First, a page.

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Category Archives: reduce

Sunday Driver

Since we started this traveling journey, we have been a one-car family. It’s been a little adjustment, but in the grand scheme of the traveling lifestyle, it’s certainly not the hardest part. This is our car all loaded up for one of our epic driving adventures:

Making it work with one car takes some planning, but we have been lucky that public transportation is very close to our apartment. The hospital where I am working has an overflow shuttle lot that it 1.5 blocks from our apartment. This is the number one reason why we chose this apartment. This is very convenient for us, so I just drive there in the AM to catch the shuttle,  Chad walks the dog and picks up the car later so that he can drive to work, then I usually walk home in the PM (or sometimes I get a ride).

I actually love public transportation. I like being able to drink my coffee while someone else worries about the roads. I love that if it’s snowing I only have to drive through 2 stop signs and then it’s someone else’s responsibility to get me to work. I don’t even mind the walk home after work, even with cold weather. I’m inside all day, so it’s nice to be out in the elements for 10-15 minutes just to feel awake, moving, and in touch. I like feeling that I’m making less of an impact when I’m walking.

There are several downsides to being a one-car family, like having to plan ahead,  being at the mercy of someone else’s schedule, and basically lots of waiting. However the biggest downside is that I never really drive anymore, so when I do- I’m a total MawMaw behind the wheel! I could drive more when we are going places together, but really the Husband is a much better parallel parker. Today, I was driving around finishing Christmas shopping and it was so nice; I had the window down, the music up and just driving along. I look in my rear view mirror and notice a line of cars behind me, look down and I’m only going 25 mph. I think I’ve been averaging driving maybe once a week (excluding the couple blocks to the shuttle in the AM). So, I’ll try to limit that to Sunday mornings so that I can fit in with everyone else on the road!



For me, one of the perks of traveling has been that it forces me to live with less and to think before purchasing new items. I definitely have lost that feeling of “want” for material things, which has helped to simplify my life in a tangible way. Now I feel the need to streamline the cognitive clutter.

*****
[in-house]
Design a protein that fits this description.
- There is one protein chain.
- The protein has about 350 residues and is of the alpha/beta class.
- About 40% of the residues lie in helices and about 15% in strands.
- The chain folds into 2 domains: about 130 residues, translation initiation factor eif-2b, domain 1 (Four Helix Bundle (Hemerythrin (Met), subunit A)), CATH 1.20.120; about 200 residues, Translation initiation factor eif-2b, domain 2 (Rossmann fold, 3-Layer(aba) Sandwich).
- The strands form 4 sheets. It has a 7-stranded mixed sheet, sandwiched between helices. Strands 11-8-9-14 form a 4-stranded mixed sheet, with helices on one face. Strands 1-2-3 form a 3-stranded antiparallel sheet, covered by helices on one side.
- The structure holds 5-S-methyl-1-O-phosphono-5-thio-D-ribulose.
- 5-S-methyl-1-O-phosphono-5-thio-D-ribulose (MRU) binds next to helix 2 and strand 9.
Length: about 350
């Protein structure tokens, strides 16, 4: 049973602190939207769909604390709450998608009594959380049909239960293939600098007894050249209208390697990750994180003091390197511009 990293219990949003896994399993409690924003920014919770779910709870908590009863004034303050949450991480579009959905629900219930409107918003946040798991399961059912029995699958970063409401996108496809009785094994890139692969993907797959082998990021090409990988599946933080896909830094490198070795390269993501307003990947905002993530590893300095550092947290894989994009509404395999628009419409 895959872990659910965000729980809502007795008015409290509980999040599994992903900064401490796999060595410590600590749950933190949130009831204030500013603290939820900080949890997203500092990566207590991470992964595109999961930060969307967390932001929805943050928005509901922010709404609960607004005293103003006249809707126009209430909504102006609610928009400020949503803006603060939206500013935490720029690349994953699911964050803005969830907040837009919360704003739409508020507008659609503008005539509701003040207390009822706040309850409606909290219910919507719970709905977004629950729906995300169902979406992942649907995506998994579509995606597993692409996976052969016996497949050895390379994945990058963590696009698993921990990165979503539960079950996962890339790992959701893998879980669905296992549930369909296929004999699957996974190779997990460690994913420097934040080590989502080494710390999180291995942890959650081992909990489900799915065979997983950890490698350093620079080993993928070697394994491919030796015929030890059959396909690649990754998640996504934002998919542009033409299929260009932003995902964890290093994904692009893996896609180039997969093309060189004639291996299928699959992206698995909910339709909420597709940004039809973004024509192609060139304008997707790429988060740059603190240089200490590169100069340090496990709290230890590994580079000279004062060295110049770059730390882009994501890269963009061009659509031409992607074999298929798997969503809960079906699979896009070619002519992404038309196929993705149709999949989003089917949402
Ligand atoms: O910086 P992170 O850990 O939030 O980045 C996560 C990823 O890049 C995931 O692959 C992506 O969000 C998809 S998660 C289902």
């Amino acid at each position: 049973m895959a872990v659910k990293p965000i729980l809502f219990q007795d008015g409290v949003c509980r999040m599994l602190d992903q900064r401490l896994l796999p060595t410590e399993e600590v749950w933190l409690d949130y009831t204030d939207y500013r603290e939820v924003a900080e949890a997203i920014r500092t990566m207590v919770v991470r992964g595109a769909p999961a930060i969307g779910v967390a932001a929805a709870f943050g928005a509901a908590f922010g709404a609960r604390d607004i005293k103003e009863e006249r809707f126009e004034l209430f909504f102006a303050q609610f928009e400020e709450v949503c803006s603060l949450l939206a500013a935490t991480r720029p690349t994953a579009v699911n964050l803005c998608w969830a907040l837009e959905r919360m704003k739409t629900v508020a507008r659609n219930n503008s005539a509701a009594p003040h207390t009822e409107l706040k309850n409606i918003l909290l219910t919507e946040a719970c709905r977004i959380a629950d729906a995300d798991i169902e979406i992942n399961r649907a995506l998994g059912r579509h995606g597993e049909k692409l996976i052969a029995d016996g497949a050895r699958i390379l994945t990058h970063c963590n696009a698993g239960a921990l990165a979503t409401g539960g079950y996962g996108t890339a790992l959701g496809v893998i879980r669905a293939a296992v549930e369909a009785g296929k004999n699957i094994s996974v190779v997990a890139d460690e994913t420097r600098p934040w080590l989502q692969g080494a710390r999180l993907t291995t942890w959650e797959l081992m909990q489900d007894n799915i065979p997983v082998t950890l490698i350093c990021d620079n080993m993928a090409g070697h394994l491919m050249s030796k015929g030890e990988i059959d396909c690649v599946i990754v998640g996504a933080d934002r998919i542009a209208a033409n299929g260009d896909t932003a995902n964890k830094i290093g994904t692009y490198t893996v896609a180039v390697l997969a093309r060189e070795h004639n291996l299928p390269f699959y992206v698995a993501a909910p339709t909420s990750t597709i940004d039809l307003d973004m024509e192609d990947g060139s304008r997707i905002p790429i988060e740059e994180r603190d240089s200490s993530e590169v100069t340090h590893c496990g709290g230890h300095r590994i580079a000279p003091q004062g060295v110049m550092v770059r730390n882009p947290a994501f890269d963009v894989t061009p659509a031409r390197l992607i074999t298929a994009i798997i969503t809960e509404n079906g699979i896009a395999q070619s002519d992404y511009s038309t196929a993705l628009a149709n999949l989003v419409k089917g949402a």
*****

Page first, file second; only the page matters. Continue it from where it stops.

I’ve noticed an increase in internet and computer usage since we started traveling. There are several reasons for this increase: stay connected with  family & friends, more free time, lack of television or DVD player, winter weather & early darkness. I hate that hours go by without other human interaction. I am definitely guilty of getting sucked in, and the computer is definitely a time suck. I thought I was doing good by living without a TV, but our computers have just replaced it.

So I proposed one night a week disconnected, without turning on a computer. No TV, no movies, no email or facebook on Wednesdays. I just want to get back to the basics. Last week was our first Wednesday, so we’ll see how it goes. I want to get away from electronic media for one night a week and do whatever it was we did before the internet. Remember that?  We are plugged in all the time, even on a hike-I have my email notification going off.  I want to practice how to “just be”, without checking in to see what I missed all the time.

So, I see card games, lengthy dining experiences, and probably going to bed early in our future for Wednesdays-but hopefully it’s also a learning experience.

Oh, here’s pictures from our last hike in Red Rock Canyon Open Space:View of Garden of the Gods from Red Rock

Red Rock Canyon Open Space, Colorado Springs

Also just watched another great documentary, 180* South. It’s about a couple of real nomads on an adventure, and they don’t check their email the entire trip! 🙂



My new favorite thing:



Why did it take us so long? Actually I know why it took so long: I don’t LOVE movies (gasp!) I know, I know-what kind of boring, fun-sucking person am I? I mean, movies are ok. At times, it feels like a waste of 2 hours when I could be doing something more productive. Our movie collection (20 dvds, only 4 were mine) did not make the cut for our traveling lifestyle, so enter Netflix (thanks to my husband).